Assessment of Bandiiradleey and Galdogob conflict and peace (with PDRC)

HC together with PDRC undertook an assessment of the Bandiiradleey and Galdogob conflict and peace in April this year. The two teams from the two organizations organized 30 Semi-structured interviews: 15 Galdogob, and 15 Bandiiraley, and interviewed government officials, security officers, elders, businesspeople, women, youth, academics, peace activists, media, Peace committees, minorities, where possible pastoralists, etc. Likewise, we also organized 4 Facilitated Focus Group Discussions: 2 Galdogob, and 2 Bandiiraley.

The assessment utilized the following questionnaire to extract the information needed from the respondents: 

  1. What is the current situation in terms of conflict and peace?
  2. When and how did the tensions and conflicts between the communities of Galdogob – Bandiiradley begin?
  3. What were the sources/root causes of these tensions and conflict? And who were the actors? 
  4. Who are the main internal and external actors of conflict and peace? What are their interests, roles, resources, capacities, and relationships?
  5. What is the progress of the Galdogob – Bandiiraley Peace Agreement? What has/has not been achieved from the agreed peace terms? What are the challenges to the implementation?
  6. What is to be done for a sustainable peace in Galdogob – Bandiiradley? Which actors can facilitate them and what support do they need?

The assessment found that a pastoralist sparked the dispute in 1987, which eventually spread to the towns of Bandiradley and Goldogob. In 1988, a Bandiradley man assassinated a member of the Goldogob-Lelkase clan, sparking a larger battle. Lelkase assassinated two of the participants’ fathers, Mr. Moodi and Hoorif, and this incident sparked a clan war. The troops of the Siyad Bare dictatorship assaulted Bandiradley, and many people perished in the SURXUN battle. Many armed insurgents spread throughout Somalia after the 1977 Ethiopia-Somalia War, and the government dubbed them (MAHBAR).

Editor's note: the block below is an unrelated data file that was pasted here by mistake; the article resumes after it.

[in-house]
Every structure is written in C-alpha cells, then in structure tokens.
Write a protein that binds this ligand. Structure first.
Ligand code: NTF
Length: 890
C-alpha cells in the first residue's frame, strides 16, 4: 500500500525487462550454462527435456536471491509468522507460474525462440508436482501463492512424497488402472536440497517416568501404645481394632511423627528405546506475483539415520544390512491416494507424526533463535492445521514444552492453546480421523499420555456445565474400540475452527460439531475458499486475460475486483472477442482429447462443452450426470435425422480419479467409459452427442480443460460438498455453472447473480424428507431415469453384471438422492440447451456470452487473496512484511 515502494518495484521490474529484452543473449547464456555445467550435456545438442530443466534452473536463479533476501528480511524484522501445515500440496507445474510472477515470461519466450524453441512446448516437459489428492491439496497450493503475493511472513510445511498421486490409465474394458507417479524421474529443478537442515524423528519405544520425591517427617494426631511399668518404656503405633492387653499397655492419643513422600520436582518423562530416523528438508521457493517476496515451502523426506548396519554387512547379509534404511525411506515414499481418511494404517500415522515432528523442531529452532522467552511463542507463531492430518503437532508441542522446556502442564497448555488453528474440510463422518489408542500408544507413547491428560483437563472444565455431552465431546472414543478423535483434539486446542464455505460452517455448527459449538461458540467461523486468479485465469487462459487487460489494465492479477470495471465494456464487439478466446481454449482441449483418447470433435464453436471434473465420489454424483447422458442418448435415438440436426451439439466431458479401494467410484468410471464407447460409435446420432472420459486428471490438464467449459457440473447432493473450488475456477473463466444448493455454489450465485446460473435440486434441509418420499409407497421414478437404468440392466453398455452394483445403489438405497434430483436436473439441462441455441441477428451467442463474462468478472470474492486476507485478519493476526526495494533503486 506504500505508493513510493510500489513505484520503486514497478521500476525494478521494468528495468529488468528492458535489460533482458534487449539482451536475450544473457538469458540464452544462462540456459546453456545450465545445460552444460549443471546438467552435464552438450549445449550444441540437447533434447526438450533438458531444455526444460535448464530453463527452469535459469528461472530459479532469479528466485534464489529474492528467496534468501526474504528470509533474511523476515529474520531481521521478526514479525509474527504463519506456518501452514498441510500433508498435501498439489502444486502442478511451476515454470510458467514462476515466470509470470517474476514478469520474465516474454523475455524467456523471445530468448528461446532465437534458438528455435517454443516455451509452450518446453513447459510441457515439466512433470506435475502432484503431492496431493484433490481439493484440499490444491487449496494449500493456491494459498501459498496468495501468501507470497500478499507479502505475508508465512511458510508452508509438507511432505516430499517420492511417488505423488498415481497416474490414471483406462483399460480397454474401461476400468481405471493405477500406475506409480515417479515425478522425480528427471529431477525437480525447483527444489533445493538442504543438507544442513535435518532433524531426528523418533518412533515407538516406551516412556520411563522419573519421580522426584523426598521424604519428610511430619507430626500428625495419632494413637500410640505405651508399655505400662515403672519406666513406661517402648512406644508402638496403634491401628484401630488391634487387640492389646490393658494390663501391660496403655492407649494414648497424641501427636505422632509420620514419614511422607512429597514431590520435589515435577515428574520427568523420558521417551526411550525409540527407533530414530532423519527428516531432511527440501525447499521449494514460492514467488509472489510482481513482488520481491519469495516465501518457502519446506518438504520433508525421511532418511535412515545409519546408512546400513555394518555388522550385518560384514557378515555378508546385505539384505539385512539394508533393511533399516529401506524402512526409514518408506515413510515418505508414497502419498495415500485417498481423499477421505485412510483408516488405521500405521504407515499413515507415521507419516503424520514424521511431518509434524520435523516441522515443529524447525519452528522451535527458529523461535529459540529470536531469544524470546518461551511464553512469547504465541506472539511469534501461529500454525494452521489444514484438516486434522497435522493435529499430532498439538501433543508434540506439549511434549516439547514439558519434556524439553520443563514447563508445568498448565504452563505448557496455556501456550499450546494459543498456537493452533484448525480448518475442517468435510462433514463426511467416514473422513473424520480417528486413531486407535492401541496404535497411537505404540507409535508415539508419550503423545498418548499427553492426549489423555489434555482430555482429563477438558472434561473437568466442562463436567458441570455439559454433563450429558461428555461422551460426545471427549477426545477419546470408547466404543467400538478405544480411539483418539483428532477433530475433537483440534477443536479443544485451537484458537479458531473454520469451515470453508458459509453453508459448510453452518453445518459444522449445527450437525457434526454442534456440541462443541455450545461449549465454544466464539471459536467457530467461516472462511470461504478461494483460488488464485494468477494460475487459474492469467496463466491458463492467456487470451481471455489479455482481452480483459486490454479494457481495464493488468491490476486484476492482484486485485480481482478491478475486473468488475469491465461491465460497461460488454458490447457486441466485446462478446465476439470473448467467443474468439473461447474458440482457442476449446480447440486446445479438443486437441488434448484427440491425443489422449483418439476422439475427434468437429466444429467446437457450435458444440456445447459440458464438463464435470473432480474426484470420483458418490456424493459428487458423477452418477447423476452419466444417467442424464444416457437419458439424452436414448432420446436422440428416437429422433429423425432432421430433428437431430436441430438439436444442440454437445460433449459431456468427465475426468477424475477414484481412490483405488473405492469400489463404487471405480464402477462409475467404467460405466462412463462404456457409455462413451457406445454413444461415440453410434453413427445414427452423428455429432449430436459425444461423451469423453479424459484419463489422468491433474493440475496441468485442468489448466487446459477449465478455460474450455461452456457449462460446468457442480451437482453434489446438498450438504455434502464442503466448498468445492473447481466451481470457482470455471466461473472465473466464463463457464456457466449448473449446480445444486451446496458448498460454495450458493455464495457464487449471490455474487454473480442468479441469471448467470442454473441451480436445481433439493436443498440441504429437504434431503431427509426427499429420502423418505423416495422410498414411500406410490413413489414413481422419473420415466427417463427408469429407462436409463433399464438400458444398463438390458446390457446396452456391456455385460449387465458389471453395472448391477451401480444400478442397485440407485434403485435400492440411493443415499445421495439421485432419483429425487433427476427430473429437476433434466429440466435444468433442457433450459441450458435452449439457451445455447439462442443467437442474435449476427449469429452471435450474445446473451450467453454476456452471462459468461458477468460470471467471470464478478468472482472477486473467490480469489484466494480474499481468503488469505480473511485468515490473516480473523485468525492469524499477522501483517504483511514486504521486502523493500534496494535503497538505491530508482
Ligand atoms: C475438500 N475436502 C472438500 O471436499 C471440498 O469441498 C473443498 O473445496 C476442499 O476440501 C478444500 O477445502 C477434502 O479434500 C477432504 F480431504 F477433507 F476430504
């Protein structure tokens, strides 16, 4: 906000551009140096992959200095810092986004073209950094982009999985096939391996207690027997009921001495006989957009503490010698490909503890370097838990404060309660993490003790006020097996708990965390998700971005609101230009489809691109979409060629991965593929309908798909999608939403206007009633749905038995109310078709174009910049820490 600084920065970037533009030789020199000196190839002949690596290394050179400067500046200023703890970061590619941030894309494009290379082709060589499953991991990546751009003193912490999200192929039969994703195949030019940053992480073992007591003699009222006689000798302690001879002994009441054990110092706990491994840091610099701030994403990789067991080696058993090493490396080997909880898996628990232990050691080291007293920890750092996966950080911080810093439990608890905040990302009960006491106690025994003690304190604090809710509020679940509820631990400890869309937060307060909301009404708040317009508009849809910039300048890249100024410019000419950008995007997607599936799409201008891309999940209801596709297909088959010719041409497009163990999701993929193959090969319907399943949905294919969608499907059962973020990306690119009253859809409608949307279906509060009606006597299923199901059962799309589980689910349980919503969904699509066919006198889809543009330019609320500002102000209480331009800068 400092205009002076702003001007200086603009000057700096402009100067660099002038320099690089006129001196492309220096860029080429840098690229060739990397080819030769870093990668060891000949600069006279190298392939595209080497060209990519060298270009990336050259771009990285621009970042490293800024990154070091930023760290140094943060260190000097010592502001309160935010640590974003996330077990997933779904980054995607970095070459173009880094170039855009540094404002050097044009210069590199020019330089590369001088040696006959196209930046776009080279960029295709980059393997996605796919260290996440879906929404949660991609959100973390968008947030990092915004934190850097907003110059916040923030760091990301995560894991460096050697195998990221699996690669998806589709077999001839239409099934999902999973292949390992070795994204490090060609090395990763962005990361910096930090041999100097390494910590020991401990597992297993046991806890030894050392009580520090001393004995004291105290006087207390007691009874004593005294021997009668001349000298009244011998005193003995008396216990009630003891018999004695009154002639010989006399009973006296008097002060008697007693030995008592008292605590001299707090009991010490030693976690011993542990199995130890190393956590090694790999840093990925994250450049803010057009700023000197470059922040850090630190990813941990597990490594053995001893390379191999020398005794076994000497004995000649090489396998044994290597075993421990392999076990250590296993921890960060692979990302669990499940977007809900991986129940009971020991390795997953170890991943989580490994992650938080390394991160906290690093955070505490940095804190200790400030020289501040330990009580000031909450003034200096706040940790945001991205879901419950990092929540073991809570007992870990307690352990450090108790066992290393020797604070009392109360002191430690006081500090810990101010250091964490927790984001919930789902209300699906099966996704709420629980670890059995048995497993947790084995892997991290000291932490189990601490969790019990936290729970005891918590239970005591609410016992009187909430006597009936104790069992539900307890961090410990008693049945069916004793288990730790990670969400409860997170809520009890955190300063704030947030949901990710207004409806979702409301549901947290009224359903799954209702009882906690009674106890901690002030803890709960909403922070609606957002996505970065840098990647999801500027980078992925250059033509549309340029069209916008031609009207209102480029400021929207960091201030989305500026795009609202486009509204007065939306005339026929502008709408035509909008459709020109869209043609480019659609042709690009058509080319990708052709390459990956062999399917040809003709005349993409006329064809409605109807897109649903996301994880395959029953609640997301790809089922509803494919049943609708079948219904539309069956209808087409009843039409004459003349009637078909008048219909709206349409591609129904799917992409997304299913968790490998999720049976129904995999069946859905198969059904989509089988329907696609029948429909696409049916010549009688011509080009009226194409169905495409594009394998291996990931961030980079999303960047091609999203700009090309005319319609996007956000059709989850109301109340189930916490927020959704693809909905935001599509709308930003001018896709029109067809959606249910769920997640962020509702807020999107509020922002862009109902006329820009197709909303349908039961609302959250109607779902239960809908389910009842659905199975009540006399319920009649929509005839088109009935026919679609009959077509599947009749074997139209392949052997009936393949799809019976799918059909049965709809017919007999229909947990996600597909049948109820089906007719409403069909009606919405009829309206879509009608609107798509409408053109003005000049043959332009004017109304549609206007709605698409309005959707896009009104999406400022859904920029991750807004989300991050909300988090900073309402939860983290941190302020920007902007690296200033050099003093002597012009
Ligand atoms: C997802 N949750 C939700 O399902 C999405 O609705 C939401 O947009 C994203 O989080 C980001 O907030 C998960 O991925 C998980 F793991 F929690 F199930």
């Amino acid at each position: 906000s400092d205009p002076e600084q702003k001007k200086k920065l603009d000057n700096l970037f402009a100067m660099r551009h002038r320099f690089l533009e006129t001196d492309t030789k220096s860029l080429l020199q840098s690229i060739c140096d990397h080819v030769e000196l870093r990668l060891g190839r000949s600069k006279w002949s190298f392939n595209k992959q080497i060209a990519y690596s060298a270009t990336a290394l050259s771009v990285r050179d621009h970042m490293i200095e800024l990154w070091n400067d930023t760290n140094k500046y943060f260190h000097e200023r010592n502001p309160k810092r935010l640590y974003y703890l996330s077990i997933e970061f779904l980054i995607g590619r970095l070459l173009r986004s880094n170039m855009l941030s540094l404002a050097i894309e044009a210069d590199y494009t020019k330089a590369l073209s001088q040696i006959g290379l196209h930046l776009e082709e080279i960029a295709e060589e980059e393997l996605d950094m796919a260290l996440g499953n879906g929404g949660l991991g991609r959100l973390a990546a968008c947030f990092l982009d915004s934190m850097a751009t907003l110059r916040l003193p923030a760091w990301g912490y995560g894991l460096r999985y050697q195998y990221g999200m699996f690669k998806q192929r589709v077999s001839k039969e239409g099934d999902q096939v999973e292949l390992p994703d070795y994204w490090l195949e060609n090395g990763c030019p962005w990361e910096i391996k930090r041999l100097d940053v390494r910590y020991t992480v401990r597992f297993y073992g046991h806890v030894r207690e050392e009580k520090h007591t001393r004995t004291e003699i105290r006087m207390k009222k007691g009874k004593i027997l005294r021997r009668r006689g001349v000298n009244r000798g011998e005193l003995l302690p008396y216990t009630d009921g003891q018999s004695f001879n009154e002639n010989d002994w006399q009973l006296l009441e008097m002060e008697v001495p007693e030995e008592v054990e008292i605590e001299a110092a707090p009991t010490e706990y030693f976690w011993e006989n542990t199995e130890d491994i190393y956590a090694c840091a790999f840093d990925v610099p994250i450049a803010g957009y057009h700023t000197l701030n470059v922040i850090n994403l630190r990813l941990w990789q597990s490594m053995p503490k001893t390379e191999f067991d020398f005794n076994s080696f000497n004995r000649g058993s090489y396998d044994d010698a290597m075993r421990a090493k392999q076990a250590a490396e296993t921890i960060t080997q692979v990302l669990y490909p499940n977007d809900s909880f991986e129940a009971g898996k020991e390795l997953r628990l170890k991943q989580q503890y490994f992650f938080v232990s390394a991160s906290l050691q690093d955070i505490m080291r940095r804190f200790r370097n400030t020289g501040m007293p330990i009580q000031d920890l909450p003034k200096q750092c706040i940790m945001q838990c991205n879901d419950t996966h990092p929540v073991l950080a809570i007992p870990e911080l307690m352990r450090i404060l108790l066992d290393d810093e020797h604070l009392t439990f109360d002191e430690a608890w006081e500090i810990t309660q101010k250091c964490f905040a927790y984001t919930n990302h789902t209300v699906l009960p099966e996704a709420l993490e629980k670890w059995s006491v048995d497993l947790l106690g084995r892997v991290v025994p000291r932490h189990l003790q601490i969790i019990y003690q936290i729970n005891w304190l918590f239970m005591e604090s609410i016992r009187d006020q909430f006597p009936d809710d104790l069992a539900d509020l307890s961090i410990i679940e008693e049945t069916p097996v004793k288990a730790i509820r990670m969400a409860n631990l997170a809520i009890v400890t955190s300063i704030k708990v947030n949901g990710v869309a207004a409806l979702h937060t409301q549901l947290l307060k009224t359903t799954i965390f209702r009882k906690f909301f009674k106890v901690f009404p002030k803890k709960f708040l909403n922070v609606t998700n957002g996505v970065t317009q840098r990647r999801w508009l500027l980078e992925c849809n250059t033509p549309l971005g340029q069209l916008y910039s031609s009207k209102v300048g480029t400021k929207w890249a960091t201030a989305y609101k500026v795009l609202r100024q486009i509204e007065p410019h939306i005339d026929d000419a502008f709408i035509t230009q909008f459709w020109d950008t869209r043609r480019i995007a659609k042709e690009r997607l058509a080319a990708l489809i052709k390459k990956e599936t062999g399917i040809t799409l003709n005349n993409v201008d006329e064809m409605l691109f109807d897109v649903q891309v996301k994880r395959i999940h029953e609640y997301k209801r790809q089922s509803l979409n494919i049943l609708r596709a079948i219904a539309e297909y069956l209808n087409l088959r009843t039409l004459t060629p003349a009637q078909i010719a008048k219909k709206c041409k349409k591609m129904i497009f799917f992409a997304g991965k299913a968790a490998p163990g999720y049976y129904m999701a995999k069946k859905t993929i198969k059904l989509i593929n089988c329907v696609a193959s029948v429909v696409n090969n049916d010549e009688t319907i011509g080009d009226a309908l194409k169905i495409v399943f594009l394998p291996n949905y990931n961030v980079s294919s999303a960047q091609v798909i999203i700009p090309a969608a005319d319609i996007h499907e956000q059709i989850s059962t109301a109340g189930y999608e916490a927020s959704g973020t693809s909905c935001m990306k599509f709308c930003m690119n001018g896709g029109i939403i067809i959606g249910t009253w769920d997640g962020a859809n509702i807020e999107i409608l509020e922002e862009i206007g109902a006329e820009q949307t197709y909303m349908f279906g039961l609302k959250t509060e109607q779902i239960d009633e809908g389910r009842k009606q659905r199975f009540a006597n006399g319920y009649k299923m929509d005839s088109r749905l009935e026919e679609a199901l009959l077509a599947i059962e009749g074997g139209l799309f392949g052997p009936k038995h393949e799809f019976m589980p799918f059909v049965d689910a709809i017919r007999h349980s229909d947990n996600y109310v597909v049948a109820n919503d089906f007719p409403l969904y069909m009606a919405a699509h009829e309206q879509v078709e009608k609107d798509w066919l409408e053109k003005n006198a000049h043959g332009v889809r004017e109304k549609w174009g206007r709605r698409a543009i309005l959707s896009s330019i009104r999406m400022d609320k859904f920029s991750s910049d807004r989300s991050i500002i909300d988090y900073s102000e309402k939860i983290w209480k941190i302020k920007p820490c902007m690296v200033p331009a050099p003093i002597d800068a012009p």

The situation is currently peaceful; communities can move freely between the two sides; business is returning; local government is cooperating; the Pace Agreement must be upheld; Phase 3 of the Galkacyo Agreement has not yet occurred; Government implementation is lacking; the Justice System needs to be strengthened, and the Elders Peace Council must be formed as soon as possible. 

The following things need to be done for Galdogob-Bandiiradley to have lasting peace

  • The two peace conferences’ agreed-upon points must be upheld.
  • The third phase of the agreement needs to take place at Galkacyo.
  • Blood must be compensated, and the situation with the injured must be resolved.
  • Animal-free grazing area is also needed.
  • Restitution of conquered territory; military integration on both sides; social integration; and community awareness initiatives
  • Elders peace committee from both sides of the conflict need to function as they are the front line quick response team when an incident occurs.
  • Constant knowledge on all sides;
  • Bad government infrastructure;
  • Government leadership; and 
  • Media involvement is also needed

About Me

Horncenter Dialogue for Peace, Governance, and Development (The Horncenter), an independent, not- for-profit, and multi-disciplinary Think -Do -Tank organization, is devoted to examining policy issues and challenges that impact on institutions and state building in Somalia and develops policy solutions.

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